Professor of Child and Adolescent Psychiatry Alan Stein is helping HIV-positive women with depression during pregnancy and the postnatal period. By improving their wellbeing he wants to help their children get the best start in life. He explains what his team has achieved so far in South Africa and the global implications of this work.
Imagine receiving an HIV diagnosis when you’re pregnant. You’re bringing a new life into the world. Then you receive news that you have an infection which requires lifelong treatment. You’re unsure if you will pass it onto your child and you may feel stigmatised. Disclosing your HIV status to your partner, or family, may also be a major worry.
In 2017, global virus elimination is the focus of World Hepatitis Day. Hepatitis C was first identified in 1989 and today we have drugs that destroy the virus. Associate Director of the MRC-University of Glasgow Centre for Virus Research Professor John McLauchlan’s work contributed to this transformation. The real challenge now, he writes, is diagnosis.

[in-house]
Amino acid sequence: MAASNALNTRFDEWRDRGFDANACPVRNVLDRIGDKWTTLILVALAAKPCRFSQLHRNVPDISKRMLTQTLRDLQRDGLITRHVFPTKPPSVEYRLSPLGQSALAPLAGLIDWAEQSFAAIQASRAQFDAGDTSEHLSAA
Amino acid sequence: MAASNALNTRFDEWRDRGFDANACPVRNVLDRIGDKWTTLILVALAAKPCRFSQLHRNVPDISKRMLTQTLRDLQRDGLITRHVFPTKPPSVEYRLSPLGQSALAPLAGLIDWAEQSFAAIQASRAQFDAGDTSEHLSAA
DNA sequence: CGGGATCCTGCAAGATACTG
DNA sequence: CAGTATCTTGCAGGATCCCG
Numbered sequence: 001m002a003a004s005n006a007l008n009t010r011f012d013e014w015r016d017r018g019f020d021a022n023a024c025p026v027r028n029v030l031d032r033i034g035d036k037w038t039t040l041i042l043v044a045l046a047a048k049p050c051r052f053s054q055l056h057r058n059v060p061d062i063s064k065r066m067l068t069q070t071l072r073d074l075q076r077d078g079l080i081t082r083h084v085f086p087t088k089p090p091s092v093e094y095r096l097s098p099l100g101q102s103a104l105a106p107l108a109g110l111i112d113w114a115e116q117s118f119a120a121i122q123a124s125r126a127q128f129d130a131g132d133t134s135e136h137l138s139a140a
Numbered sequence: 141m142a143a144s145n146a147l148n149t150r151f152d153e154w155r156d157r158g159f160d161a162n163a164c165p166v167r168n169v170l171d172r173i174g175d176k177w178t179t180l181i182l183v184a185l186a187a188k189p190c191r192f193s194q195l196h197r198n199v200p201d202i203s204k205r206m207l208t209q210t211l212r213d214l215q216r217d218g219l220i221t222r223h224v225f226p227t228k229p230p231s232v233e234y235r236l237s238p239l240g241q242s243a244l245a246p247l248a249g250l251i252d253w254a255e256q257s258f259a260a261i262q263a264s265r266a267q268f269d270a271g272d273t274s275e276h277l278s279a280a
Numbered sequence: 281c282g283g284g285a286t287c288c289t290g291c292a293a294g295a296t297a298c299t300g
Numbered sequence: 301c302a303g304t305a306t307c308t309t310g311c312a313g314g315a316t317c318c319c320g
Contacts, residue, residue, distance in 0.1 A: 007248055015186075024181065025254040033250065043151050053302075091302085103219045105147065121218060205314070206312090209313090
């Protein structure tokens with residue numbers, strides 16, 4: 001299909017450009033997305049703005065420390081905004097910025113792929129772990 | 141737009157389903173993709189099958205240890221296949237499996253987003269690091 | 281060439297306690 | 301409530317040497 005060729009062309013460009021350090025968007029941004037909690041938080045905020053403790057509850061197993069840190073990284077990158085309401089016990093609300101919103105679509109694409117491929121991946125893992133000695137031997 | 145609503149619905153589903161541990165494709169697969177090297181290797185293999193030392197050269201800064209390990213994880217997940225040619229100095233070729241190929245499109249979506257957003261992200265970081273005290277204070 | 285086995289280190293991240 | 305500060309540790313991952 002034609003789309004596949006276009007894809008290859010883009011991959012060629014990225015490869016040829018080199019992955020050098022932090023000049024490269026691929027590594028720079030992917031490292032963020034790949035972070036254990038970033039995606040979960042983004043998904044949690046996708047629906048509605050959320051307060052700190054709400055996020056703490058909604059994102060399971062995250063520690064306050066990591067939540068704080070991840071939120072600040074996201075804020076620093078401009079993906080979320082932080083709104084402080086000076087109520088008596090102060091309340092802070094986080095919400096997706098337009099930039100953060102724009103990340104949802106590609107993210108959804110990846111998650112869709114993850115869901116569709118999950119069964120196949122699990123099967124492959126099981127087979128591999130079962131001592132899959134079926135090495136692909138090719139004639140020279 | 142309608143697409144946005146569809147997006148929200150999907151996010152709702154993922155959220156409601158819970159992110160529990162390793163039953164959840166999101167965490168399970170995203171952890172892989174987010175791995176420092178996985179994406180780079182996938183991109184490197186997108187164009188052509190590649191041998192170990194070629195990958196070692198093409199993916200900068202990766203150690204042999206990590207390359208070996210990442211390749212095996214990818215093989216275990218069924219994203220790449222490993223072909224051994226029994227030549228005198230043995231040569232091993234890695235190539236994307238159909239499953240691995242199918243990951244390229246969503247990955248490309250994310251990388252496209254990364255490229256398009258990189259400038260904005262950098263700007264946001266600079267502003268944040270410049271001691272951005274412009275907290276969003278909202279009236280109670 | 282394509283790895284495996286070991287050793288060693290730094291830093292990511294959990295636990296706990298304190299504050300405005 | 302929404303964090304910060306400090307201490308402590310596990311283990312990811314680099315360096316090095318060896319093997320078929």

This is my third blog post to mark World Hepatitis Day. In 2013 I shared our plans to help the NHS deliver the best treatment to patients through two research consortia, HCV Research UK and STOP-HCV. In 2015 I wrote about the impact of new anti-viral drugs, able to not just control the virus, as is the case for HIV, but rid people of their infection.
Thanks to new treatments, many people are now at a much lower risk of developing liver disease and there are reports of patients who no longer require a liver transplant.
Julia Mueller, an MRC-funded PhD student at the University of Manchester, reflects on how a three-month Policy Internship with the MRC has changed her appreciation of Researchfish and the work done by research funding bodies.
Before I began my three-month internship at the MRC, my idea of the role of research funders was pretty simple. They have the money. We (the researchers) must get the money from them. The end. Actually working in the head office of one of the main funding bodies of medical research gave me a slightly more nuanced insight.